Ebert became politically outspoken in the fall of 2000 with his enthusiastic raves for "The Contender," writer-director Rod Lurie's story about a female senator (played by Joan Allen), nominated to replace a dead vice president, who nobly refuses to address Republican-spread rumors that she had been involved in college orgies. Lurie's labored attempt to equate the treatment of his heroine under fire with the treatment received by Bill Clinton after he was caught in the Monica Lewinsky scandal was widely panned - except by Ebert. In his print review in the Chicago
Sun-Times, Ebert called "The Contender" a four-star classic; he also devoted part of his review to criticizing Republicans and Clinton Special Prosecutor Kenneth Starr.

Since then, Ebert has used his media platform numerous times to speak out on political matters:

-- His depiction (in a July 2001, Sun-Times general-news column) of presidential daughter Barbara Bush as an ignorant "yob" on the loose in London. Given her idiot father, Ebert reasoned, what could one expect?

-- His relentless championing of "Bowling for Columbine," the Michael Moore documentary.

-- His tirade about George W. Bush's alleged vicious insensitivity toward those on Texas' Death Row in his Spring 2003 print review of "The Life of David Gale," a melodrama about an anti-death-penalty crusader.-- His likening of the Bill the Butcher character in "Gangs of New York" - a cleaver-waving, mass-murdering thug - to Florida's former Secretary of State, Katherine Harris, whom Gore supporters condemned for what they perceived as her partisan role in the 2000 Presidential election controversy in Florida. Ebert's point, which he expressed on "Ebert & Roeper": Both Bill the Butcher and Harris used whatever means possible to take and keep power.

In keeping with Frontpage style, there are no citations in this "article," no links, no hint at the trajectory of Ebert's career or his broader beliefs, merely a handful of unreferenced quotes out of the thousands of reviews and thousands of hours of film available. The author does not provide a single reference to or even a quote from Ebert's "relentless cheerleading" of Bowling For Columbine. In fact, Ebert awarded the film only 3 1/2 stars out of 4, a very good review, but hardly "cheerleading." Even the link to the original Frontpage article from which this smear-and-run was taken does not illuminate anything -- there are no footnotes or links there either, and the "author," Chris Reed, has only written one thing for the magazine. No email address is provided. It is, more than anything else, sloppy and childish, two primary hallmarks of Frontpage discourse.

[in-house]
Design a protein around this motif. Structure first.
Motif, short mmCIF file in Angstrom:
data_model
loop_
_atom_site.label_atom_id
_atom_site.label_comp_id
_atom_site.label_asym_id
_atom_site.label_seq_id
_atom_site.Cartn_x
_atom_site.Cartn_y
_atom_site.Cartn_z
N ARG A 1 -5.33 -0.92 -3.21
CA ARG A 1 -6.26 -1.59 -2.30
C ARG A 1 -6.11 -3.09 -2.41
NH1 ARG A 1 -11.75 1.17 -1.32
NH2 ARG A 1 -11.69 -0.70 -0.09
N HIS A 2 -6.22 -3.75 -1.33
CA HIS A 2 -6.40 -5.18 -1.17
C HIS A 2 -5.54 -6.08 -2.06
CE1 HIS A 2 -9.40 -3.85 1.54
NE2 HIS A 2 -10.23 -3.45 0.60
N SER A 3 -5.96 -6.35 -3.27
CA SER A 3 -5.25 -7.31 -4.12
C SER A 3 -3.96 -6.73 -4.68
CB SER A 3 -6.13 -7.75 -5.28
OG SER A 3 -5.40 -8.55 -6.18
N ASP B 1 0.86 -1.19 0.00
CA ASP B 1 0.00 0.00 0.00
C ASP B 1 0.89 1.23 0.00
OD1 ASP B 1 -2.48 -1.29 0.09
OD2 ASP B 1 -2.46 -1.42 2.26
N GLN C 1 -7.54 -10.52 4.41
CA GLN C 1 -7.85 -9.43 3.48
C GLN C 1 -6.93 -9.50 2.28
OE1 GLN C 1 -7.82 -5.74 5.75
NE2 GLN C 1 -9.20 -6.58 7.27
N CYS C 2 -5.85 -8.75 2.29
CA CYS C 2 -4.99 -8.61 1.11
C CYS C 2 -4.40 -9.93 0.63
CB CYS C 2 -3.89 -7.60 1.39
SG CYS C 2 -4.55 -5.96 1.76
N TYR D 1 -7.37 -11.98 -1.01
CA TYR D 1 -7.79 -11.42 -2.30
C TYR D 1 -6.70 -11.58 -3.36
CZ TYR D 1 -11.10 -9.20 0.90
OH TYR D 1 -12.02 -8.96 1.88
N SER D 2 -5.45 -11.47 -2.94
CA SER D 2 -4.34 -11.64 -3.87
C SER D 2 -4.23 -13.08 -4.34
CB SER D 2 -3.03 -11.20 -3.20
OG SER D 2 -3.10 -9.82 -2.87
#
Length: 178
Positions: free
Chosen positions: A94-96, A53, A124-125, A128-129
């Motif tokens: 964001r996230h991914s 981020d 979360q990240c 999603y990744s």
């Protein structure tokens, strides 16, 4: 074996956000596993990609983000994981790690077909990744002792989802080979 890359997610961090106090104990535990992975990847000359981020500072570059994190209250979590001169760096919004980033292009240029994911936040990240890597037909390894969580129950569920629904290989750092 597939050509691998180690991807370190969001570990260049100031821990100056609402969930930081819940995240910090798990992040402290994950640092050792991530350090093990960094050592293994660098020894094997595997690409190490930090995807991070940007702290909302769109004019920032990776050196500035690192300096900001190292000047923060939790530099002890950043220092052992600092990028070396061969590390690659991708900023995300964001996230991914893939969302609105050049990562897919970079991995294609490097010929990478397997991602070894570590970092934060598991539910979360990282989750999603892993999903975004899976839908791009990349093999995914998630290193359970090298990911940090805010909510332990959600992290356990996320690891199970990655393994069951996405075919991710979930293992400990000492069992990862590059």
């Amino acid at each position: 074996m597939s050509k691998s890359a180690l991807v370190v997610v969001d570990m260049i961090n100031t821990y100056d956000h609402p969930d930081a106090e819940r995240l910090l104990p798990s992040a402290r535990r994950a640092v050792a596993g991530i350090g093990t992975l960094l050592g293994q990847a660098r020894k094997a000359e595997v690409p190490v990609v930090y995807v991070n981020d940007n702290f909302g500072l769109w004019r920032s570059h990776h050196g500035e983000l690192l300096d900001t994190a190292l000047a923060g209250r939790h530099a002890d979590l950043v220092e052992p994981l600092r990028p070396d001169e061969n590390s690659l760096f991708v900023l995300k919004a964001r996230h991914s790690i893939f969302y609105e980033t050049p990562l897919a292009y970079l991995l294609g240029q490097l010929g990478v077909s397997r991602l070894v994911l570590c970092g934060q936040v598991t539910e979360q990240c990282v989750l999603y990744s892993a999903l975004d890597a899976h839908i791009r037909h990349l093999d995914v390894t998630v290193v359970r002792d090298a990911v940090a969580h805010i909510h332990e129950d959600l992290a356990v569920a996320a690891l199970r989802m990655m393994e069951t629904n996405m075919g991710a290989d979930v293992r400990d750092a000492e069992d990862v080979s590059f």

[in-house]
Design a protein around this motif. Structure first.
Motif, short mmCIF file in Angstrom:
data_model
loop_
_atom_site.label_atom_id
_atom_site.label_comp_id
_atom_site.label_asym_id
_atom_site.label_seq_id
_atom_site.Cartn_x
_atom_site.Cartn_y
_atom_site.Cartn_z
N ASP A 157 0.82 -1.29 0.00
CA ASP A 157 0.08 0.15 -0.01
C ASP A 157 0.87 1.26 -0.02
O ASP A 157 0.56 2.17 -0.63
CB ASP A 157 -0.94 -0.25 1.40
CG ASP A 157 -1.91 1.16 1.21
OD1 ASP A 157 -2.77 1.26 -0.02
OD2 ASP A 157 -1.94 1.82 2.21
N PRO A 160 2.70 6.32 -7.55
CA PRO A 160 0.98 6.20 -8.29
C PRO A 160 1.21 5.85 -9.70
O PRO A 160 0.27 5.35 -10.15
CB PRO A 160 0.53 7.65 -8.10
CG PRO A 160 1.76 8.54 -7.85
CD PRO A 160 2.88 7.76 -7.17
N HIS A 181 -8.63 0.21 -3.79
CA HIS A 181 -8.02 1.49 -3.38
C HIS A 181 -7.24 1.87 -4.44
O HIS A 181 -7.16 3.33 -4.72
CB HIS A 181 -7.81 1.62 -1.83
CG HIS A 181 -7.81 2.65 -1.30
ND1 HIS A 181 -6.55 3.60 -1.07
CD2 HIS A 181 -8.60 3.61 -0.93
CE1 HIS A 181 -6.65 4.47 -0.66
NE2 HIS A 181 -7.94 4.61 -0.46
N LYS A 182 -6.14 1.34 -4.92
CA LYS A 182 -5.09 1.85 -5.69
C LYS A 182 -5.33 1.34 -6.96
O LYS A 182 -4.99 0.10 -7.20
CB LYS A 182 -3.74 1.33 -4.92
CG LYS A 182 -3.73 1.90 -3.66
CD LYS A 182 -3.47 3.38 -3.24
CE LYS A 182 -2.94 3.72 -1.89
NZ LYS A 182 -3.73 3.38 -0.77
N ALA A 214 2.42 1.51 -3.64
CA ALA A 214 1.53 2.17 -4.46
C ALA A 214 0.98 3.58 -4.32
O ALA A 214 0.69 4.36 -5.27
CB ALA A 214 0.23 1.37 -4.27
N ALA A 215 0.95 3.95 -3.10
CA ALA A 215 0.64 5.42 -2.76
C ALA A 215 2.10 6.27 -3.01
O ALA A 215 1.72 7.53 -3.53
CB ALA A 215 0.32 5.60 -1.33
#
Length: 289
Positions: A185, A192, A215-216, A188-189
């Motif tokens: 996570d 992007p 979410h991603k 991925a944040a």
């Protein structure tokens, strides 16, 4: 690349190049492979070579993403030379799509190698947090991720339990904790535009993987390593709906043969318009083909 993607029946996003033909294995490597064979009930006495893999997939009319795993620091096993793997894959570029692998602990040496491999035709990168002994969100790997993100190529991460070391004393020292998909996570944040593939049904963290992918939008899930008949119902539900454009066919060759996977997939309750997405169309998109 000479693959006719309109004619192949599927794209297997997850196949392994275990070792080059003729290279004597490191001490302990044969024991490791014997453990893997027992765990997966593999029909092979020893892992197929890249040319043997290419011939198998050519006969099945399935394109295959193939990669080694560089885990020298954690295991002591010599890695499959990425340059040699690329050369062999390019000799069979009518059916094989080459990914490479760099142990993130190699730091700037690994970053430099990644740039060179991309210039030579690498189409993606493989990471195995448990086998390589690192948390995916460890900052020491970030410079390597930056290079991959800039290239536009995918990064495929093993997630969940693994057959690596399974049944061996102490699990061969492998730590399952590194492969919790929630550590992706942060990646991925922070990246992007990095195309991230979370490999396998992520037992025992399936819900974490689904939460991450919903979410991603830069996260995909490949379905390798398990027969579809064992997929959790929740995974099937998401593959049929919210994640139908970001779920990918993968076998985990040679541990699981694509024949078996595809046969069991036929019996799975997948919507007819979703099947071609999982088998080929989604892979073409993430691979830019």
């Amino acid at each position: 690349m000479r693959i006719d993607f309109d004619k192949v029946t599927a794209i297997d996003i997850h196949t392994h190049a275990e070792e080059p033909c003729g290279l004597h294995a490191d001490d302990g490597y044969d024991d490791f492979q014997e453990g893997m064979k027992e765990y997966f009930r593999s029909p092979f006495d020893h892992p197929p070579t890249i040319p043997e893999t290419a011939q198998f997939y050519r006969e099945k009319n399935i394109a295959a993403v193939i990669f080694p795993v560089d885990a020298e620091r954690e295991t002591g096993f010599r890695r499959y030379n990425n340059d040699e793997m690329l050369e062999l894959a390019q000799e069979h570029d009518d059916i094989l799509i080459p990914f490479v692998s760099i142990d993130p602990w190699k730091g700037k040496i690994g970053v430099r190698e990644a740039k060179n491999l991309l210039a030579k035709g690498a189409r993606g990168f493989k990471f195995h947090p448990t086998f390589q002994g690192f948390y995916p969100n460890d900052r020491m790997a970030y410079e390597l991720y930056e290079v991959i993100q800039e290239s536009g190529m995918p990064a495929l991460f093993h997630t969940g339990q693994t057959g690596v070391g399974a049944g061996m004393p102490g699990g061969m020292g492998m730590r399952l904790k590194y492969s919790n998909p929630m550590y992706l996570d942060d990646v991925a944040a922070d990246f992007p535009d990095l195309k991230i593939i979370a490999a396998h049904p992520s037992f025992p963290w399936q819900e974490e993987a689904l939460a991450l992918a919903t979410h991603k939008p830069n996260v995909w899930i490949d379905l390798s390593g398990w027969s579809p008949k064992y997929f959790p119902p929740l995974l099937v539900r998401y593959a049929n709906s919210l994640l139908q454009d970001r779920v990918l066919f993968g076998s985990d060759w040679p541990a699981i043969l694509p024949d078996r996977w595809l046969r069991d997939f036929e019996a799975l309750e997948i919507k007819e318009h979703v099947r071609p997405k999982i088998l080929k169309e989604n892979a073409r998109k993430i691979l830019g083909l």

It seems that Ebert has earned his place alongside coldblooded killers like Zarqawi merely by reviewing positively a handful of films regarded as apostasy by right-wing zealots, including The Contender. It is not at all clear how Ebert, who seems to be a genuinely decent guy and one of the country's most insightful and eloquent film critics, is connected to the terrorists in the Middle East. But to David Horowitz, merely holding left-of-center views and liking movies that pissed off Newt Gingrich is enough to make you part of the same "network" as al-Qaeda. The site's administrators disingeniously claim that they have appropriately distinguished between Zarqawi and Ebert by placing them in different categories of "leftists," but the aim is clearly to obliterate the distinctions between them (as if there are any commonalities between Zarqawi and Ebert to begin with) and to associate mainstream Democratic politicians, pundits, and academics with lunatics and terrorists. The other is to label anyone who opposed the Iraq War as either a Marxist-Leninist or an "Islamofascist."

All of these tactics are described in detail in "The Art of Political War: How Republicans Can Fight to Win," Horowitz's pamphlet on crushing the Democrats by manipulating soundbites, reframing issues, and stoking fear. We should not be surprised when Horowitz actually employs the despicable tactics that he has publicly outlined. But we should return the fire.

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Friday, April 01, 2005

The full text
Here is a link to the full text of Brendan O'Leary's address after September 11th. In the first paragraph he refers to the events as "apalling atrocities." He most clearly does not come off as a "terror apologist," merely as someone trying to understand what happened that terrible day. Shame on Laksin for not even linking to these remarks or providing the full context. However, we should not be surprised at these smear-and-run tactics -- we should fight back. You can start by checking out this excellent series of links on academic freedom. I'll be putting up a long post on this subject soon, after my back recovers from an aggravation of my longstanding disc injury I suffered last night.